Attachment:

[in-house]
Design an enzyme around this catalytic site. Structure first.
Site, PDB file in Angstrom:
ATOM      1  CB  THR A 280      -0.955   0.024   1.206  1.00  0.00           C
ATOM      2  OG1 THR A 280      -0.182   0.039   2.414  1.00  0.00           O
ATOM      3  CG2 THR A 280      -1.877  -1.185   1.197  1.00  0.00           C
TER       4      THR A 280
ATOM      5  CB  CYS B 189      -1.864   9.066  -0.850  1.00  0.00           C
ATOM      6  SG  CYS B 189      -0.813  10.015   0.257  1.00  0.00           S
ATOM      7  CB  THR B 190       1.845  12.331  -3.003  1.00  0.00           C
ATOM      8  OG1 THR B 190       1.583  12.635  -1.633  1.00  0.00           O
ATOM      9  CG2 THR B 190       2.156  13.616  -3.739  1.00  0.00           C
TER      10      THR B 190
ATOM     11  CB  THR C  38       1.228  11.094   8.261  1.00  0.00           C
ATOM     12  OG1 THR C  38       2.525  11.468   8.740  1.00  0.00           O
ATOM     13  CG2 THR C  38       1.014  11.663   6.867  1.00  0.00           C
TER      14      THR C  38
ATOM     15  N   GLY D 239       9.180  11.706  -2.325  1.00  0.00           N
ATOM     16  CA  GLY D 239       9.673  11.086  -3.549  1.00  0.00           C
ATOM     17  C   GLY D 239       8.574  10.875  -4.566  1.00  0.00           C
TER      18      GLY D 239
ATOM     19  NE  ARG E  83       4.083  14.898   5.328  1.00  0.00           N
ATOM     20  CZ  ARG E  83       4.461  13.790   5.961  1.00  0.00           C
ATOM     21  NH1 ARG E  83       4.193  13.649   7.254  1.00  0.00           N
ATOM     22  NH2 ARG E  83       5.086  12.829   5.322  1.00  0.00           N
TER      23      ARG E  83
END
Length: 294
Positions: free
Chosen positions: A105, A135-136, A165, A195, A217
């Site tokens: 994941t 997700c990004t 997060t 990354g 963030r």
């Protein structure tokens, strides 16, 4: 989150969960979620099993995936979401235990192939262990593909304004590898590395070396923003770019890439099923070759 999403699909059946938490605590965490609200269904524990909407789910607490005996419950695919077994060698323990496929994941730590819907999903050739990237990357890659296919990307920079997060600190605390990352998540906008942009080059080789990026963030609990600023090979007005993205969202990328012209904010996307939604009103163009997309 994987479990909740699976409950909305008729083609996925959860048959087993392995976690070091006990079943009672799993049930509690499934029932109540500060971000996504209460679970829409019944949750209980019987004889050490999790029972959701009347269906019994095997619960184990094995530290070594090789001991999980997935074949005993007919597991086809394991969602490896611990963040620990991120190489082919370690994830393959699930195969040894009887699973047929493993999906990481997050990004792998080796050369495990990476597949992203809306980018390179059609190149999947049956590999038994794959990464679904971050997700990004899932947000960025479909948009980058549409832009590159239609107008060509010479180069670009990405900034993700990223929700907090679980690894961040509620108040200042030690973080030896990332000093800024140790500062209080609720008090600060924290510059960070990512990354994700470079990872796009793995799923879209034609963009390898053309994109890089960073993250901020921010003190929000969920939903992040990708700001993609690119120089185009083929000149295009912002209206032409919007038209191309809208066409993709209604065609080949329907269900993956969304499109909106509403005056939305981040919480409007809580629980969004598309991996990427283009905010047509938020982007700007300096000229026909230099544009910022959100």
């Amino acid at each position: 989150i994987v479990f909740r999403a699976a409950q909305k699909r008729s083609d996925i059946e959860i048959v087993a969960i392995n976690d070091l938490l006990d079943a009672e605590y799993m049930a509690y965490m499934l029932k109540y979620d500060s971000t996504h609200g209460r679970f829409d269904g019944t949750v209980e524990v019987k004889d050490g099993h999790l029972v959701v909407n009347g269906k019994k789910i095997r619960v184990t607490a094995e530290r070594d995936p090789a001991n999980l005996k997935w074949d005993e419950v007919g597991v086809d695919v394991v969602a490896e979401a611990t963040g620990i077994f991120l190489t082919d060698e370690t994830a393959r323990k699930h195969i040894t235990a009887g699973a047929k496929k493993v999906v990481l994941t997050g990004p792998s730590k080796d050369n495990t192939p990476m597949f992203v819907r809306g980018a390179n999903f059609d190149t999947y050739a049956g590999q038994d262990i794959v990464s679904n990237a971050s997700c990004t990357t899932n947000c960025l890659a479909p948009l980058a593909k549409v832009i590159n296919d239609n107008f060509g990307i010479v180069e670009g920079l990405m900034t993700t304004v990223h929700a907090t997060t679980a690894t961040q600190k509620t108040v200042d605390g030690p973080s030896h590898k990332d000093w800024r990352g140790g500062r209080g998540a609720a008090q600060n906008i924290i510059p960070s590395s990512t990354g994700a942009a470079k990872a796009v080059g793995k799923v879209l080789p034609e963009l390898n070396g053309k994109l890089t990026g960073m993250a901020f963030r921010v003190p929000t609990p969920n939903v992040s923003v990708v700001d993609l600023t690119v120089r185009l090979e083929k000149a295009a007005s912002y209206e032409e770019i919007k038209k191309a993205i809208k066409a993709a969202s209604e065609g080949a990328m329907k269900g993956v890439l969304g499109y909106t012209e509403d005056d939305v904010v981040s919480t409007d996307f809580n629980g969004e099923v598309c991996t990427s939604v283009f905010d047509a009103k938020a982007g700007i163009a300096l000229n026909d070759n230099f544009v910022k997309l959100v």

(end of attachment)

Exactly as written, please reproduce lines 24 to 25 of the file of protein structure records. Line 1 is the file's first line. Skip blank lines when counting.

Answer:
ATOM     21  NH1 ARG E  83       4.193  13.649   7.254  1.00  0.00           N
ATOM     22  NH2 ARG E  83       5.086  12.829   5.322  1.00  0.00           N